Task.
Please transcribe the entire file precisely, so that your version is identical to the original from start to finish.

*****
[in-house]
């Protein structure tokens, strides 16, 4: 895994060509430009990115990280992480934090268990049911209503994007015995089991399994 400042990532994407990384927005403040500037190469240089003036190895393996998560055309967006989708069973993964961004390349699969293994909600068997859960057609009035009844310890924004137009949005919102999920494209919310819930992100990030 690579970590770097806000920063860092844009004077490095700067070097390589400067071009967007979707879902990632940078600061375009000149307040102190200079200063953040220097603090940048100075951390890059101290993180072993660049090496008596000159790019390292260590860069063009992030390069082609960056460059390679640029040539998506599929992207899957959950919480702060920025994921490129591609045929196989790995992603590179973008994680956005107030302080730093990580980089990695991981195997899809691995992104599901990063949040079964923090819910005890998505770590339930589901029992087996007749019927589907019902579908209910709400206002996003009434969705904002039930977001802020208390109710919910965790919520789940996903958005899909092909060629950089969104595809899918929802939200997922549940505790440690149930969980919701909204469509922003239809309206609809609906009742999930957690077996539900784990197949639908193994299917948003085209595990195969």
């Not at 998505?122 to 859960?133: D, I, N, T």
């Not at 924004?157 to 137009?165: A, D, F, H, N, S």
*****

[in-house]
């Protein structure tokens, strides 16, 4: 895994060509430009990115990280992480934090268990049911209503994007015995089991399994 400042990532994407990384927005403040500037190469240089003036190895393996998560055309967006989708069973993964961004390349699969293994909600068997859960057609009035009844310890924004137009949005919102999920494209919310819930992100990030 690579970590770097806000920063860092844009004077490095700067070097390589400067071009967007979707879902990632940078600061375009000149307040102190200079200063953040220097603090940048100075951390890059101290993180072993660049090496008596000159790019390292260590860069063009992030390069082609960056460059390679640029040539998506599929992207899957959950919480702060920025994921490129591609045929196989790995992603590179973008994680956005107030302080730093990580980089990695991981195997899809691995992104599901990063949040079964923090819910005890998505770590339930589901029992087996007749019927589907019902579908209910709400206002996003009434969705904002039930977001802020208390109710919910965790919520789940996903958005899909092909060629950089969104595809899918929802939200997922549940505790440690149930969980919701909204469509922003239809309206609809609906009742999930957690077996539900784990197949639908193994299917948003085209595990195969």
């Not at 998505?122 to 859960?133: D, I, N, T």
């Not at 924004?157 to 137009?165: A, D, F, H, N, S």